According to each FU, among the municipalities studied, the highest percentages of vaccination in T0 were found in Irecê, state of Bahia (BA), Morada Nova (CE), Novo Gama, state of Goiás (GO), São Miguel do Guamá (PA), Serra Talhada, state of Pernambuco (PE) and Piracicaba, state of São Paulo (SP); and the lowest percentages, in the municipalities of Serrinha (BA), Caucaia (CE), Águas Lindas de Goiás, state of Goiás (GO), Tailândia (PA), Abreu e Lima (PE) and Francisco Morato (SP). In T1, the municipalities with the highest percentages of adequate vaccination were: Irecê and Vitória da Conquista (BA), Sobral (CE), Águas Lindas de Goiás (GO), São Miguel do Guamá (PA), Caruaru (PE) and Piracicaba (SP); and municipalities with the lowest percentages, Paulo Afonso (BA), Caucaia (CE), Novo Gama (GO), Bragança (PA), São Lourenço da Mata (PE) and Limeira (SP) (Supplementary Material 2).

The proportion of children who received all vaccine doses in T0 and T1, based on the vaccination schedule according to their age, is shown in Supplementary Material 3. In T0, the vaccination dose with the lowest coverage was the booster shot of meningococcal vaccine C (14.3%). In T1, the lowest proportion corresponded to the first booster shot of DTP vaccine (6.1%).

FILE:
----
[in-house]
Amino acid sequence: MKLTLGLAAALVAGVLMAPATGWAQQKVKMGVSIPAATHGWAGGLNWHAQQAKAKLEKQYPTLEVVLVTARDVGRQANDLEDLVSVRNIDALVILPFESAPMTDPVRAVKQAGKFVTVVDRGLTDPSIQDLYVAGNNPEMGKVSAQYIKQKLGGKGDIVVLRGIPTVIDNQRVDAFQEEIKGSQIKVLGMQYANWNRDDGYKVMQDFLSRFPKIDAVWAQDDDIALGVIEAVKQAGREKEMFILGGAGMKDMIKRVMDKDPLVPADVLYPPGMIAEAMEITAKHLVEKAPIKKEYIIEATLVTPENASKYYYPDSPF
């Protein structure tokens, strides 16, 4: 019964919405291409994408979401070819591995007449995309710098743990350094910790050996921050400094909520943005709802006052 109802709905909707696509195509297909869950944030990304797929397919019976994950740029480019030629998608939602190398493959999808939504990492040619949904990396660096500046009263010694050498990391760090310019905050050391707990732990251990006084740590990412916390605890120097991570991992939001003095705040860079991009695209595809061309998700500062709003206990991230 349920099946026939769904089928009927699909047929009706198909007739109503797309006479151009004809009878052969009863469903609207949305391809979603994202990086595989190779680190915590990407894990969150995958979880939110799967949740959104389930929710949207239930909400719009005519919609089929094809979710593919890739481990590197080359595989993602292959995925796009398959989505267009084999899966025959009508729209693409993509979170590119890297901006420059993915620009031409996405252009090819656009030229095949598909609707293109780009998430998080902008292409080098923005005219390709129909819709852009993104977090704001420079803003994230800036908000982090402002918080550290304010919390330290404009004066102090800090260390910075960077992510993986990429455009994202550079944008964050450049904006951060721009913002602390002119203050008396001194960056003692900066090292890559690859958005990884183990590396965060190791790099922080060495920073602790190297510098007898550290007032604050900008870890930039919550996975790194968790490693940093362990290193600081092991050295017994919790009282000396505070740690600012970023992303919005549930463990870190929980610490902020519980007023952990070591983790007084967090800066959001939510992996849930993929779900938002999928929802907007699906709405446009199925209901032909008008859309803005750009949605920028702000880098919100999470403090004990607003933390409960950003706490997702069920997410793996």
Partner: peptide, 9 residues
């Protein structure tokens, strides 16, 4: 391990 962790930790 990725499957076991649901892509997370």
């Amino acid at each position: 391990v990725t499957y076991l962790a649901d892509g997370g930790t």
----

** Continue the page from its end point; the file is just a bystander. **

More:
Discussion

The results of this study showed a low percentage of children with adequate vaccination, both in the first and second year of life, even taking into account a delayed vaccination of up to 15 days in relation to the age group recommended to receive the vaccine. The percentages of adequate vaccination in the first year of life were higher among children belonging to families of the richest quintile and whose mothers had ≥9 years of schooling. These socioeconomic differences should be interpreted taking into account the sample constitution of the study: families of lower socioeconomic status, beneficiaries of the Family Income Transfer Program. In the second follow-up (T1), there was no relationship between vaccination coverage, socioeconomic status or maternal education, which is possibly a reflection of a decrease in the supply of vaccines in 2019.1818. Brasil. Postos de saúde são reabastecidos com vacina pentavalente 2020 [Internet]. Brasília, DF; [acesso 27 dez. 2020]. Disponível em: Disponível em: https://www.gov.br/pt-br/noticias/saude-e-vigilancia-sanitaria/2020/01/postos-de-saude-sao-reabatecidos-com-vacina-pentavalente